To Make Live and Let Die: How Our Immigration System Treats Migrants’ Lives as Expendable

Austin Kocher, PhD
6 min readFeb 7, 2021

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Depending on who you are, your emotional response to talking about death and the migration system ranges somewhere between uncomfortable to re-traumatizing. If you belong somewhere on the “uncomfortable” side of the spectrum, I believe we have a responsibility to make ourselves uncomfortable by actively analyzing and engaging with the ways in which our lives are ethically bound up with the suffering of others. If you belong somewhere closer to the “re-traumatizing” end of the spectrum, this may not be the post for you.

The idea of expendability is captured in one of the French philosopher Michel Foucault’s most influential concepts: “biopolitics.” At its most basic, Foucault describes biopolitics as the way in which life, mainly social life in the aggregate, has become a domain of the exercise of political power in the modern era. Think about the ways in which life-giving forms of welfare, medical care, housing, and exposure to environmental poisons are fought over as political issues.

More importantly, I think by now it is (relatively) common knowledge that race plays a powerful, sometimes determinate, role in shaping who is exposed to air pollution and able access to mental health care. Study after study shows that people of color live, on average, several years fewer than their white counterparts. These outcomes can be understood as biopolitical. And one distinguishing feature of biopolitics is that it’s not like the state is directly and intentionally targeting individuals to die. Rather, all the state has to do is simply to withdraw life-giving types of support. As Foucault said, the state “makes live” (i.e. actively provides support to some) while “letting die” (i.e. simply withdrawing support or doing nothing to help).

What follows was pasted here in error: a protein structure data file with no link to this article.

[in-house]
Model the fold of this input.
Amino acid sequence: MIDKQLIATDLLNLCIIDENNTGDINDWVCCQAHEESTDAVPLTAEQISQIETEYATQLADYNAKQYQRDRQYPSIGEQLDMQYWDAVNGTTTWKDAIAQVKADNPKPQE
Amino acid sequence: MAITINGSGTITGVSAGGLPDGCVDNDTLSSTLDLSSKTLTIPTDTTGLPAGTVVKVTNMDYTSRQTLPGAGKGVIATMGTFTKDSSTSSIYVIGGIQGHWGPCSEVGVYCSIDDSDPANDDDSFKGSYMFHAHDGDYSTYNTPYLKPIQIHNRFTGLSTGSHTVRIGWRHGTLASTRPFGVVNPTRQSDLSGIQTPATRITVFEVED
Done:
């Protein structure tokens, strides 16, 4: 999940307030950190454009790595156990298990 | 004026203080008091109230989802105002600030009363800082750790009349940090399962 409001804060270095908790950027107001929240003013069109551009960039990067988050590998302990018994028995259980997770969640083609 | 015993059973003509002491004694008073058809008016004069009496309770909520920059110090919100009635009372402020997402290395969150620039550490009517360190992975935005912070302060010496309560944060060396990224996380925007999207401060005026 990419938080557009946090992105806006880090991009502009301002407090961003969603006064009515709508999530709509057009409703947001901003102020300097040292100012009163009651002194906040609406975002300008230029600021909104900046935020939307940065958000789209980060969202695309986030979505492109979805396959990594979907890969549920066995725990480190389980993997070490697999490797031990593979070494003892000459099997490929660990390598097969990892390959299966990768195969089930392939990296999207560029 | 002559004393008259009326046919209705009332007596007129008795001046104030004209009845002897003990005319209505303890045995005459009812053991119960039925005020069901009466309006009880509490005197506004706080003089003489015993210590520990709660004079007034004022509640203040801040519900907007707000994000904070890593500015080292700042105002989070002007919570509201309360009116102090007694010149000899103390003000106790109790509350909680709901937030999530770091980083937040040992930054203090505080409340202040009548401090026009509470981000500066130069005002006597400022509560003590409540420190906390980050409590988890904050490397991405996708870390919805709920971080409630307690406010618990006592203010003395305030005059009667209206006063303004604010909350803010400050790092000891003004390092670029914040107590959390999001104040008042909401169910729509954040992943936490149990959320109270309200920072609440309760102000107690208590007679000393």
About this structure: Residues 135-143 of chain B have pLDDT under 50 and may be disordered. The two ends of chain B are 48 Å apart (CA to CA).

Immigration systems can be understood as perhaps one of the most lucid yet constantly-evolving examples of biopolitics at work. To illustrate this point, this post has two parts. First, a short section on migrant deaths at the physical borders of the US and the EU, with examples of how state agencies are complicit in allowing migrants to die…

Austin Kocher, PhD

I study America’s immigration enforcement system. Assistant Professor at TRAC. Graduate of OSU Geography. Online at